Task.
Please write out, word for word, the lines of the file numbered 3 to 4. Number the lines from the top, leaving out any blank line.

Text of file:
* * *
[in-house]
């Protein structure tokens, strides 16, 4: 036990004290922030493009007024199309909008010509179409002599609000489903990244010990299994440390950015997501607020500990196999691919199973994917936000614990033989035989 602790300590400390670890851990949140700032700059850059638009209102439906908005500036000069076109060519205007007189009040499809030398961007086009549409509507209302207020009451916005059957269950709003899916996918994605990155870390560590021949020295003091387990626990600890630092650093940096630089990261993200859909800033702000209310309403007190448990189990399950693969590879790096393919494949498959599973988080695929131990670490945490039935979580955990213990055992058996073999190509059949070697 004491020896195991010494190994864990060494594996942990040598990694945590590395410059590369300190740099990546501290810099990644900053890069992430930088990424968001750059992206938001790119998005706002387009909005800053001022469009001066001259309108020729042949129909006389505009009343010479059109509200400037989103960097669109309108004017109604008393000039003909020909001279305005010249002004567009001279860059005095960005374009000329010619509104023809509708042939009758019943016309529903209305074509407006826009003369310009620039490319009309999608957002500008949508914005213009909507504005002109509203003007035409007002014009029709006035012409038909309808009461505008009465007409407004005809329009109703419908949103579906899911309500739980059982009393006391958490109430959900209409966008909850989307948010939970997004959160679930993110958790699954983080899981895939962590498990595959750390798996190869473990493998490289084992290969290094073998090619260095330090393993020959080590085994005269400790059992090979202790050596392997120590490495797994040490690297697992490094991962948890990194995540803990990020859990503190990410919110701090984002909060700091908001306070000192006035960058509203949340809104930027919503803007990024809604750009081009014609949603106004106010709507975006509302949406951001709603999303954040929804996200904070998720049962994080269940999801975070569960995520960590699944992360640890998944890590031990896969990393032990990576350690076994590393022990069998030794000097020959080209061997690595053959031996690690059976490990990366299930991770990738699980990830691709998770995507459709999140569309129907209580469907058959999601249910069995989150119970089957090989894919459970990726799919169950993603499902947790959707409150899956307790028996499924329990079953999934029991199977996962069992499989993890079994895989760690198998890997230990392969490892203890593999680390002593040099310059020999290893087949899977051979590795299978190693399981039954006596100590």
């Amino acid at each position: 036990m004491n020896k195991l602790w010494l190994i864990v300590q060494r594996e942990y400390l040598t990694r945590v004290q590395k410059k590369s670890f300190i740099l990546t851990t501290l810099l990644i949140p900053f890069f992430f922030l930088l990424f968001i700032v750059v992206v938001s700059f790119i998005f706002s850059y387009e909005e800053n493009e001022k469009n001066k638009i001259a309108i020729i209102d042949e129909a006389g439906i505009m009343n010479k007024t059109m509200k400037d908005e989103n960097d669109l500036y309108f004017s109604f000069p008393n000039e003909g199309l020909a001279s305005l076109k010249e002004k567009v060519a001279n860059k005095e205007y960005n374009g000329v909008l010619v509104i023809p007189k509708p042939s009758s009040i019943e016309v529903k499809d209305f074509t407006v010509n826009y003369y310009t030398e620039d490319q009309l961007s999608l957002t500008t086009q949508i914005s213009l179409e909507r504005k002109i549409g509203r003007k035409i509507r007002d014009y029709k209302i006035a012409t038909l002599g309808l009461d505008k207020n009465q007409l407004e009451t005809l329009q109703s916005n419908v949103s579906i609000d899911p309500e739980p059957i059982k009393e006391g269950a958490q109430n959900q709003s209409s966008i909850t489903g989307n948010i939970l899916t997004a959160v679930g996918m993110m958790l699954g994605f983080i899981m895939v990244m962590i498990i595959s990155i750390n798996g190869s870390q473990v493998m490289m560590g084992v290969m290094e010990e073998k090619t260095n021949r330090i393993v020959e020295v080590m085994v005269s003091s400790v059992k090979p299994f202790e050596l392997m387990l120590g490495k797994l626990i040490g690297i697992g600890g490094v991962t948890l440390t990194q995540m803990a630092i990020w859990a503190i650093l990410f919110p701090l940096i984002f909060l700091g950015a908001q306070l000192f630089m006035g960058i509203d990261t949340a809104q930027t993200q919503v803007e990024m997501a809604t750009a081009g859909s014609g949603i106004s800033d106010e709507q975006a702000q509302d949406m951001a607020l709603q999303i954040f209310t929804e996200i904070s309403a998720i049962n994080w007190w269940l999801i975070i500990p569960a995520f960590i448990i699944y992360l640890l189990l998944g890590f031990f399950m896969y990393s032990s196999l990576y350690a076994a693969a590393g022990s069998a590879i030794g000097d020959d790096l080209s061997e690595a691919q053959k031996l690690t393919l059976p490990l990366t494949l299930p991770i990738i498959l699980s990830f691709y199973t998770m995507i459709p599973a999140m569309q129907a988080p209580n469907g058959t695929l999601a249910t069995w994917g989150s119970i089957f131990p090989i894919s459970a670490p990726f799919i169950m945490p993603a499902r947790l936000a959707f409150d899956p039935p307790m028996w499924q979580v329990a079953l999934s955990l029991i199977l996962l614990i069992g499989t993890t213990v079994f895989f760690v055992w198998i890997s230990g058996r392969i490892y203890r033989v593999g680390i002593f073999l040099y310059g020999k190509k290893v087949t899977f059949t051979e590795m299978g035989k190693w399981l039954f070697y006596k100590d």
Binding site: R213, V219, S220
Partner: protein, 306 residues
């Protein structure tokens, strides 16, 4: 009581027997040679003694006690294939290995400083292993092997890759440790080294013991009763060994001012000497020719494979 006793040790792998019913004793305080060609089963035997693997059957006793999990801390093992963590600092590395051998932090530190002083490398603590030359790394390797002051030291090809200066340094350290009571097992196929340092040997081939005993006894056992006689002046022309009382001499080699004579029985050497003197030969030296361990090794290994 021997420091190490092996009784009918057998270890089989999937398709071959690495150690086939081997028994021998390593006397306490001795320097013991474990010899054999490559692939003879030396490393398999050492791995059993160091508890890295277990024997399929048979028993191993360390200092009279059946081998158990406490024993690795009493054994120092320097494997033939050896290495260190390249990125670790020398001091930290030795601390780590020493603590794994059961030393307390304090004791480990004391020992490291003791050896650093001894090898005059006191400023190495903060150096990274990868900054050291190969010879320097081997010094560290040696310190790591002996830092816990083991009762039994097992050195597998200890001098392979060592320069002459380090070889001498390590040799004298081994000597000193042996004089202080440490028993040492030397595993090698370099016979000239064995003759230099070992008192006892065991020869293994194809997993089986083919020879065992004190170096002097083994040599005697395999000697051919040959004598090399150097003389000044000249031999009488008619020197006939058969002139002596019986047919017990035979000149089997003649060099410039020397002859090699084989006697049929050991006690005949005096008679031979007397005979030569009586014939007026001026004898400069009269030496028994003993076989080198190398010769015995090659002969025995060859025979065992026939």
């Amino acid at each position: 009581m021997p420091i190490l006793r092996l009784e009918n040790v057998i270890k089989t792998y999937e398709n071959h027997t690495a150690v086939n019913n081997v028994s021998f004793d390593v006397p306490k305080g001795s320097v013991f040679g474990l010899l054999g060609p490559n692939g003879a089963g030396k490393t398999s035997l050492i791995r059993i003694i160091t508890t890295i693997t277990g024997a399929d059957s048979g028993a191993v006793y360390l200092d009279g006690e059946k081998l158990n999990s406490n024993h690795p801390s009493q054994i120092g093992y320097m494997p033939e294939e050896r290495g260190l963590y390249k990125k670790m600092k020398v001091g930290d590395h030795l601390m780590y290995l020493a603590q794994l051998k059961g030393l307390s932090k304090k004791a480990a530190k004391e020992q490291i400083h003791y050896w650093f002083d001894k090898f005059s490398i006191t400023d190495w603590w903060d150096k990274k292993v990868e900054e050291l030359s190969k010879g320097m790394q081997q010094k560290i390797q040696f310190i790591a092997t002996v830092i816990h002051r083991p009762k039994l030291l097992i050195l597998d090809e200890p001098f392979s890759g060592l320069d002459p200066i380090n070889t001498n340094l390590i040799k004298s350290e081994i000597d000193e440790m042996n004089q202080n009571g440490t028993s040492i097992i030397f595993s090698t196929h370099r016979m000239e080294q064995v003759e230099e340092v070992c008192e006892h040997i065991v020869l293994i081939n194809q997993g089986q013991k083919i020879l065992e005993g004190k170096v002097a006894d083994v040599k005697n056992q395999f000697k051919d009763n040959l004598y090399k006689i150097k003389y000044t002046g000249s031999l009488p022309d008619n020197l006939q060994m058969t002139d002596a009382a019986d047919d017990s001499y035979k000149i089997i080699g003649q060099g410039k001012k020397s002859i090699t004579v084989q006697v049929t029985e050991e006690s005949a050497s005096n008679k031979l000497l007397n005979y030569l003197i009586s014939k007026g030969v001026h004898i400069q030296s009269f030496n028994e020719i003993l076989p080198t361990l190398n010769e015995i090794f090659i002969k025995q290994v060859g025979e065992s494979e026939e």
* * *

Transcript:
């Amino acid at each position: 036990m004491n020896k195991l602790w010494l190994i864990v300590q060494r594996e942990y400390l040598t990694r945590v004290q590395k410059k590369s670890f300190i740099l990546t851990t501290l810099l990644i949140p900053f890069f992430f922030l930088l990424f968001i700032v750059v992206v938001s700059f790119i998005f706002s850059y387009e909005e800053n493009e001022k469009n001066k638009i001259a309108i020729i209102d042949e129909a006389g439906i505009m009343n010479k007024t059109m509200k400037d908005e989103n960097d669109l500036y309108f004017s109604f000069p008393n000039e003909g199309l020909a001279s305005l076109k010249e002004k567009v060519a001279n860059k005095e205007y960005n374009g000329v909008l010619v509104i023809p007189k509708p042939s009758s009040i019943e016309v529903k499809d209305f074509t407006v010509n826009y003369y310009t030398e620039d490319q009309l961007s999608l957002t500008t086009q949508i914005s213009l179409e909507r504005k002109i549409g509203r003007k035409i509507r007002d014009y029709k209302i006035a012409t038909l002599g309808l009461d505008k207020n009465q007409l407004e009451t005809l329009q109703s916005n419908v949103s579906i609000d899911p309500e739980p059957i059982k009393e006391g269950a958490q109430n959900q709003s209409s966008i909850t489903g989307n948010i939970l899916t997004a959160v679930g996918m993110m958790l699954g994605f983080i899981m895939v990244m962590i498990i595959s990155i750390n798996g190869s870390q473990v493998m490289m560590g084992v290969m290094e010990e073998k090619t260095n021949r330090i393993v020959e020295v080590m085994v005269s003091s400790v059992k090979p299994f202790e050596l392997m387990l120590g490495k797994l626990i040490g690297i697992g600890g490094v991962t948890l440390t990194q995540m803990a630092i990020w859990a503190i650093l990410f919110p701090l940096i984002f909060l700091g950015a908001q306070l000192f630089m006035g960058i509203d990261t949340a809104q930027t993200q919503v803007e990024m997501a809604t750009a081009g859909s014609g949603i106004s800033d106010e709507q975006a702000q509302d949406m951001a607020l709603q999303i954040f209310t929804e996200i904070s309403a998720i049962n994080w007190w269940l999801i975070i500990p569960a995520f960590i448990i699944y992360l640890l189990l998944g890590f031990f399950m896969y990393s032990s196999l990576y350690a076994a693969a590393g022990s069998a590879i030794g000097d020959d790096l080209s061997e690595a691919q053959k031996l690690t393919l059976p490990l990366t494949l299930p991770i990738i498959l699980s990830f691709y199973t998770m995507i459709p599973a999140m569309q129907a988080p209580n469907g058959t695929l999601a249910t069995w994917g989150s119970i089957f131990p090989i894919s459970a670490p990726f799919i169950m945490p993603a499902r947790l936000a959707f409150d899956p039935p307790m028996w499924q979580v329990a079953l999934s955990l029991i199977l996962l614990i069992g499989t993890t213990v079994f895989f760690v055992w198998i890997s230990g058996r392969i490892y203890r033989v593999g680390i002593f073999l040099y310059g020999k190509k290893v087949t899977f059949t051979e590795m299978g035989k190693w399981l039954f070697y006596k100590d």
Binding site: R213, V219, S220